Obesity is a metabolic disorder due to less energy expenditure than its uptake and is a strong risk factor for non-insulin-dependent diabetes mellitus (NIDDM), hypertension and atherosclerosis. The present study examines the effects of long-term feeding of tea catechins on body weight, fat accumulation, and mRNA of genes involved in β-oxidation in obesity-prone C57BL/6J mice. Four months high fat diet (30% TG+13% sucrose) administration significantly increased body weight, epididymal fat accumulation and circulating leptin compared to the control diet mice (5% TG). High fat feeding-induced body weight gain and epididymal fat weight were reduced by 81% and 63%, respectively, in mice fed the catechin diet (30% TG+13% sucrose+0.5% tea catechins). Circulating leptin was reduced by 68%. Compared with the high fat diet group, catechin-feeding up-regulated medium-chain acyl-CoA dehydrogenase mRNA expression in the liver, suggesting tea catechins to possibly stimulate lipid metabolism in the liver. Long-term feeding of tea catechins is thus shown beneficial for suppressing high fat diet-induced body fat accumulation. The stimulation of lipid metabolism in the liver may possibly be a factor for the anti-obesity effects of tea catechins in mice.
The body fat reducing effect of tea catechins was previously confirmed in humans. The effects of tea catechins for reducing body fat were thus studied as basis for actual application. Three experiments on healthy male adults (n=82) were conducted to determine the effects of long-term tea catechins administration on body fat and biochemical blood parameters. First experiment: tea catechins were given as oolong tea-like beverage for 12 weeks. In 600 and 900 mg groups, visceral fat was significantly loss than in the control (600 mg group p=0.0317, 900 mg group p=0.0098). The effects were more pronounced at greater of tea catechins administration. No significant changes in biochemical blood parameters including fat-soluble vitamins were detected. Second experiment : oolong tea-like beverage containing tea catechins at nearly same amounts on in the 600 mg group was given for 20 weeks. Abdominal fat, including visceral fat, was significantly loss than in the control (total fat area p<0.0001, visceral fat area p=0.0004, subcutaneous fat area p=0.0001). Plasma PAI-1 was also significantly decreased (p=0.0080). Third experiment : green tea-like (GT group) and oolong tea-like (OT group) beverages containing approximately 540 mg tea catechins were given for 12 weeks. In the two groups, visceral fat was significantly loss than in the control (GT group p=0.0284, OT group p=0.0095) and the effects of two beverages were similar. Long-term tea catechins administration at 500 to 600 mg/day in humans would thus appear to reduce body fat without influencing fat-soluble vitamins, of which the absorption may be inhibited, and various serum and plasma indices regardless of the kind of beverages.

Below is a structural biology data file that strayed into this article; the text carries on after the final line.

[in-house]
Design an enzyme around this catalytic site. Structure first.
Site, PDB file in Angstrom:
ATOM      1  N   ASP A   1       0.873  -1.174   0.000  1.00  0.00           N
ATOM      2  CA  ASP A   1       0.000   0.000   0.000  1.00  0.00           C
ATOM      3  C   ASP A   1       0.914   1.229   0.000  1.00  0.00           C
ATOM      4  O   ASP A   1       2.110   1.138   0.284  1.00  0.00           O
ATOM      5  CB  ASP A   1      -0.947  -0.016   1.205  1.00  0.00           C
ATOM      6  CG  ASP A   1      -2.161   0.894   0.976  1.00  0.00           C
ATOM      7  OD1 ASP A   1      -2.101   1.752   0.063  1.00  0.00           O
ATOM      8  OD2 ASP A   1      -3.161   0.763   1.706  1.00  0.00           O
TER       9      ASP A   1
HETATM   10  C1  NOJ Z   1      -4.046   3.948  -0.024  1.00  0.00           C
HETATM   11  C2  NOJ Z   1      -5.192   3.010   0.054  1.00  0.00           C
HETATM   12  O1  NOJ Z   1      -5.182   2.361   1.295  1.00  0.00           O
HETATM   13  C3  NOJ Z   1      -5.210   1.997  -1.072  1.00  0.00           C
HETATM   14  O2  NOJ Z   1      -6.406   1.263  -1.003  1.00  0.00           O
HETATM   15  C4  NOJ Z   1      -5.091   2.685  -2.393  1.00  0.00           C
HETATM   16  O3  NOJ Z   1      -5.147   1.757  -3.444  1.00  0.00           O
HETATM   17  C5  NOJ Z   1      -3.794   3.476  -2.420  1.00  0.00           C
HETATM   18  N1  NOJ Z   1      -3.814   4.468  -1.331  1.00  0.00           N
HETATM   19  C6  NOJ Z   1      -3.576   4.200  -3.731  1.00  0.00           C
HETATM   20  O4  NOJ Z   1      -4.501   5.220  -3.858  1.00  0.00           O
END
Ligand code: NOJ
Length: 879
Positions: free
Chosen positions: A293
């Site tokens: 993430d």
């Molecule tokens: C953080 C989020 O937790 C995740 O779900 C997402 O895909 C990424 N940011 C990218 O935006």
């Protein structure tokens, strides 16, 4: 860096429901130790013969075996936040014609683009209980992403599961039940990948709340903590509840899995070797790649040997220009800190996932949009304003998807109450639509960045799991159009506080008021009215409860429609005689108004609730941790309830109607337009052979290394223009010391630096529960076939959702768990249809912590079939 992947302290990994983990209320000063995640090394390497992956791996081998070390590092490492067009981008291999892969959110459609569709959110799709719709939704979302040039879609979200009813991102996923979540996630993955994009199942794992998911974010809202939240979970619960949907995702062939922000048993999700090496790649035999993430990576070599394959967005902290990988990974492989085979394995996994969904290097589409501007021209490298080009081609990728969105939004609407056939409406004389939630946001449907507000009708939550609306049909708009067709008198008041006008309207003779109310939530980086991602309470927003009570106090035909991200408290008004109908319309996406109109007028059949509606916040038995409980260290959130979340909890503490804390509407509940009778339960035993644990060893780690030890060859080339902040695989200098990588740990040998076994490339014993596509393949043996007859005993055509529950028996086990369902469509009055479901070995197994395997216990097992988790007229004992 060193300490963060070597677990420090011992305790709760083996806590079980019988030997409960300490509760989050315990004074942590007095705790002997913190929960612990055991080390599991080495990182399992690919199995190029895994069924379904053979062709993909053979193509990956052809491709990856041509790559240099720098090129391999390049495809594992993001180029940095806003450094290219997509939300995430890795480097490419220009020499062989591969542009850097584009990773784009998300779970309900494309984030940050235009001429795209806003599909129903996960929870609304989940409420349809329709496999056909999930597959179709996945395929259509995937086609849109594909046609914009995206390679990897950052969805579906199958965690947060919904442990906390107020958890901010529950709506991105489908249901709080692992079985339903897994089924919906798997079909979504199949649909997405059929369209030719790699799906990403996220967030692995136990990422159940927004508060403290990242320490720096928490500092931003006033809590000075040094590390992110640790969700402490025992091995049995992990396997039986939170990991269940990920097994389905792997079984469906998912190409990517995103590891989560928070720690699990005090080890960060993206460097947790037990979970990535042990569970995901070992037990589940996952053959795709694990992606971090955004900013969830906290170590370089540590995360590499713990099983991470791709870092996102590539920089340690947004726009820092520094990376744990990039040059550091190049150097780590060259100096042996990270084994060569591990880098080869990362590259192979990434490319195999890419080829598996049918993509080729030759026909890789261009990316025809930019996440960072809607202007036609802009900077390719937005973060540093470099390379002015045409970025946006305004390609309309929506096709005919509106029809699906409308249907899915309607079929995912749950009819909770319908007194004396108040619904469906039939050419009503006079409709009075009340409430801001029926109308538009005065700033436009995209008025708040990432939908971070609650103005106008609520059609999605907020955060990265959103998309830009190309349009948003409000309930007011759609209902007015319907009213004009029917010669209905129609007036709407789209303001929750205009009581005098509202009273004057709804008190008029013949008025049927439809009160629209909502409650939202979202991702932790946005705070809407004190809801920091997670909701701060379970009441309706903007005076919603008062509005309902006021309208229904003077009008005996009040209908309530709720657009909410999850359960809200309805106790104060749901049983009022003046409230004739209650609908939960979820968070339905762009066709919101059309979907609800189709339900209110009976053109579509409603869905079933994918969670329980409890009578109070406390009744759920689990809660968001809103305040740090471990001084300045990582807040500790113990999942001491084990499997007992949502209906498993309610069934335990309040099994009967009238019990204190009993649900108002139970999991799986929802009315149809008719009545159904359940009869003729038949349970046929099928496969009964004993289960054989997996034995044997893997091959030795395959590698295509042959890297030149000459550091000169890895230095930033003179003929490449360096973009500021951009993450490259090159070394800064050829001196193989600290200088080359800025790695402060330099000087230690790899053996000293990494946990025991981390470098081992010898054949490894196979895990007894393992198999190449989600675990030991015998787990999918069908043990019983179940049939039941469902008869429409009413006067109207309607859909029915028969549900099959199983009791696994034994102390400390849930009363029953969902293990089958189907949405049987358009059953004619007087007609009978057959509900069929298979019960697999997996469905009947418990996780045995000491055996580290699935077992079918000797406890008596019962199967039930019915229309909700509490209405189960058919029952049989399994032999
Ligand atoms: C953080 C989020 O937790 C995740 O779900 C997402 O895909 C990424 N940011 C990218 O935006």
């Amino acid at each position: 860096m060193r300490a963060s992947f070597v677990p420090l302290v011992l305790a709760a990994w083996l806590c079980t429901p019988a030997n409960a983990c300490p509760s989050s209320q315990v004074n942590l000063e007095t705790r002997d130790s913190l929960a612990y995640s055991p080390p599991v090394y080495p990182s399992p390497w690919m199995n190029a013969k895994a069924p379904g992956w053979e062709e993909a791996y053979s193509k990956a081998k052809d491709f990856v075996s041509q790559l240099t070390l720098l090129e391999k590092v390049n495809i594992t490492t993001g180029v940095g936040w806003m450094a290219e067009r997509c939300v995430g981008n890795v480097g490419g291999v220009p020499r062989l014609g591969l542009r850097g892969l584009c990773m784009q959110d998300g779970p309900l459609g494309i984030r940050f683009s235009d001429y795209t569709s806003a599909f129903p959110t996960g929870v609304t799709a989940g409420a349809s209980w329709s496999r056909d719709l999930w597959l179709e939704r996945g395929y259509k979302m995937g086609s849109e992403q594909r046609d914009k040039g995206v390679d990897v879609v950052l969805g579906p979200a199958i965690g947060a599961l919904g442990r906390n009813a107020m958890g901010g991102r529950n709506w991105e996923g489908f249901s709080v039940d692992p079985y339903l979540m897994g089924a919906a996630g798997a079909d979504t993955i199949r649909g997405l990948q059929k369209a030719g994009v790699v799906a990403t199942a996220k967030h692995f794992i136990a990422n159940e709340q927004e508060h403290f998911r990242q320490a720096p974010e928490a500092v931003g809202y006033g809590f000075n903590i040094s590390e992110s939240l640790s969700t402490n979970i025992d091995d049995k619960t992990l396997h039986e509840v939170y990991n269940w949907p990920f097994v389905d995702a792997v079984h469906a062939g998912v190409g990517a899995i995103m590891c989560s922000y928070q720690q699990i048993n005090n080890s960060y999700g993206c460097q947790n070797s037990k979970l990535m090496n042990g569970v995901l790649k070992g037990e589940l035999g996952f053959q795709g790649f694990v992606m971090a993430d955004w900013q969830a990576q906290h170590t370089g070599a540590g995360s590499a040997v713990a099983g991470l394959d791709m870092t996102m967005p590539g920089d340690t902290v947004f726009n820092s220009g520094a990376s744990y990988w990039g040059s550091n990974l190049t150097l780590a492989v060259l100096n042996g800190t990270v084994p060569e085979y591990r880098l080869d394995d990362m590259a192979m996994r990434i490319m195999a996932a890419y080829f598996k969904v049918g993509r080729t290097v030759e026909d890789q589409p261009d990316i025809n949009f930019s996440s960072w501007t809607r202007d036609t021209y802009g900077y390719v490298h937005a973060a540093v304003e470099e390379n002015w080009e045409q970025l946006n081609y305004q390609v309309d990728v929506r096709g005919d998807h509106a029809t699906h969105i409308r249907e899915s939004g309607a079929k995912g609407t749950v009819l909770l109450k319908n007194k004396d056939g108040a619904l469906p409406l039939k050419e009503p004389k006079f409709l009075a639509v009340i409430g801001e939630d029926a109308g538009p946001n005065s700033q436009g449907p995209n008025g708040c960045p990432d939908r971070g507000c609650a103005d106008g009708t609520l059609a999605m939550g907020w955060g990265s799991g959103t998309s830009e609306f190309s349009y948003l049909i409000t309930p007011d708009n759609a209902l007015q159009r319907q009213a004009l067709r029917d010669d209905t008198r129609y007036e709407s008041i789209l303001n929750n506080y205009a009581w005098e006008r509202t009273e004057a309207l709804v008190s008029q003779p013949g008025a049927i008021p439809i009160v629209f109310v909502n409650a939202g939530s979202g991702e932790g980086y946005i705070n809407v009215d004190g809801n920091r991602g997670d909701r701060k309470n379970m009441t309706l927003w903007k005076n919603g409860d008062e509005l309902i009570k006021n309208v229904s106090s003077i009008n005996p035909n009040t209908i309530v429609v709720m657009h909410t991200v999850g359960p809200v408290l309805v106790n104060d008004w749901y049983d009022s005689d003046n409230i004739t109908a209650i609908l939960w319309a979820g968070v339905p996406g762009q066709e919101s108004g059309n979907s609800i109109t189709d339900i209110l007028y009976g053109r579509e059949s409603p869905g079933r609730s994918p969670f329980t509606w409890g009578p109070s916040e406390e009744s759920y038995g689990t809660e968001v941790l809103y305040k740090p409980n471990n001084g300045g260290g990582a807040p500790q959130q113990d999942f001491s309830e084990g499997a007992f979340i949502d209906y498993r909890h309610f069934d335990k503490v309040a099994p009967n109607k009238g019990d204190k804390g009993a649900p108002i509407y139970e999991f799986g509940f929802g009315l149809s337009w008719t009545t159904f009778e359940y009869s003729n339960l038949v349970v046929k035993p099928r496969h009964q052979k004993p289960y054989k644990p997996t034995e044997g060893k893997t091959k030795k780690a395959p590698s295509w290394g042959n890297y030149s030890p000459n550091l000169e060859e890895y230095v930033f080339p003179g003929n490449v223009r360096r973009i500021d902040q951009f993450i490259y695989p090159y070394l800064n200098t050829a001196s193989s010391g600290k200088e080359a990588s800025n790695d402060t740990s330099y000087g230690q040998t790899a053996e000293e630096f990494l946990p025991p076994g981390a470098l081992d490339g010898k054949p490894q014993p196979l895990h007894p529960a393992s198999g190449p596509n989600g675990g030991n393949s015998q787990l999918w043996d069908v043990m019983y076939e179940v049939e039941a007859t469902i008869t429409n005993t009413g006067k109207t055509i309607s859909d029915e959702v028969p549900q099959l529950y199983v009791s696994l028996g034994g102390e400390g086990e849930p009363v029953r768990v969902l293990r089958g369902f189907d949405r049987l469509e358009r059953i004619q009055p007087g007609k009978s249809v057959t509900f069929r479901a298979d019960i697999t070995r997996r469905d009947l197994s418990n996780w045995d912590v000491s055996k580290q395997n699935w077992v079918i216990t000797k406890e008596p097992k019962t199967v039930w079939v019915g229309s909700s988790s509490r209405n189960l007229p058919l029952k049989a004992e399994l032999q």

The distribution of docosahexaenoic (22:6n-3; DHA) and icosapentaenoic (20:5n-3; EPA) acids in phosphatidylcholine (PC) and/or phosphatidylethanolamine (PE) from different tissues of two species of squids, spear squid Loligo bleekeri and Pacific flying squid Todarodes pacificus, was studied. Mantles, fins, arms, and integuments of squid and liver of the former species contained small amounts of lipid (TL: 1.8-4.3% of wet weight) comprised almost entirely of PC (47.9-67.0%), sterols (14.2-32.7%), and PE (12.2-15.7%). Liver of the latter species contained copious amounts of TL (36.2%) with higher triacylglycerols (97.0%). In PC and PE from squid tissue, DHA (24.7-37.6% for PC and 7.4-25.0% for PE), EPA (6.3-18.4% and 18.9-38.8%, respectively) and palmitic acid (28.6-44.0% and 11.0-22.5%, respectively) were characteristically present. In squid tissue, except the liver, component fatty acids at sn-position 2 of PC and PE were polyunsaturated for the most part with the predominant component of DHA (71.3-78.7% for PC and 17.1-45.3% for PE) and EPA (10.9-14.4% and 37.2-58.0%, respectively). These acids at sn-position 1 of PC and PE were more saturated with palmitic (66.4-72.9% for PC and 15.9-41.6% for PE) and stearic (4.2-6.9% and 9.8-30.0%, respectively) acids. LysoPC, enriched with DHA (66.1%) and EPA (11.1%), was obtained from squid tissue PC (DHA: 36.4%, EPA: 6.7%) by Lipase M10 hydrolysis.